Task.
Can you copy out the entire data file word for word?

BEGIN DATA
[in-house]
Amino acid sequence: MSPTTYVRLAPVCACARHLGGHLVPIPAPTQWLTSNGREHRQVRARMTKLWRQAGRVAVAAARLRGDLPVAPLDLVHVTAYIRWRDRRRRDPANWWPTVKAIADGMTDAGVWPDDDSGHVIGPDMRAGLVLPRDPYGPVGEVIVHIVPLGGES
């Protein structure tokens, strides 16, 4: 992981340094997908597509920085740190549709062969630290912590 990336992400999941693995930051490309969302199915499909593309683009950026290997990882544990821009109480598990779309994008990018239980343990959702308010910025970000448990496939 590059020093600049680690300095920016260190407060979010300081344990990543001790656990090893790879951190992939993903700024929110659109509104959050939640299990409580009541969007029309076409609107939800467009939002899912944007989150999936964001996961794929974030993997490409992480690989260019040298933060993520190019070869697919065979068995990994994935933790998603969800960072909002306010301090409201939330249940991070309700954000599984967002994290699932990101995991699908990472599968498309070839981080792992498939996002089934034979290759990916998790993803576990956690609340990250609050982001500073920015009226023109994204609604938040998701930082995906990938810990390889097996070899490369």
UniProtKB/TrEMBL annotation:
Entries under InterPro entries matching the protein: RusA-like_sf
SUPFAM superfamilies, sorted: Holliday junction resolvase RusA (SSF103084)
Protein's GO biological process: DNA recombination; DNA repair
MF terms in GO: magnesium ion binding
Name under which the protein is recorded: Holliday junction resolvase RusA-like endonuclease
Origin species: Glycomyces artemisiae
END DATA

[in-house]
Amino acid sequence: MSPTTYVRLAPVCACARHLGGHLVPIPAPTQWLTSNGREHRQVRARMTKLWRQAGRVAVAAARLRGDLPVAPLDLVHVTAYIRWRDRRRRDPANWWPTVKAIADGMTDAGVWPDDDSGHVIGPDMRAGLVLPRDPYGPVGEVIVHIVPLGGES
């Protein structure tokens, strides 16, 4: 992981340094997908597509920085740190549709062969630290912590 990336992400999941693995930051490309969302199915499909593309683009950026290997990882544990821009109480598990779309994008990018239980343990959702308010910025970000448990496939 590059020093600049680690300095920016260190407060979010300081344990990543001790656990090893790879951190992939993903700024929110659109509104959050939640299990409580009541969007029309076409609107939800467009939002899912944007989150999936964001996961794929974030993997490409992480690989260019040298933060993520190019070869697919065979068995990994994935933790998603969800960072909002306010301090409201939330249940991070309700954000599984967002994290699932990101995991699908990472599968498309070839981080792992498939996002089934034979290759990916998790993803576990956690609340990250609050982001500073920015009226023109994204609604938040998701930082995906990938810990390889097996070899490369």
UniProtKB/TrEMBL annotation:
Entries under InterPro entries matching the protein: RusA-like_sf
SUPFAM superfamilies, sorted: Holliday junction resolvase RusA (SSF103084)
Protein's GO biological process: DNA recombination; DNA repair
MF terms in GO: magnesium ion binding
Name under which the protein is recorded: Holliday junction resolvase RusA-like endonuclease
Origin species: Glycomyces artemisiae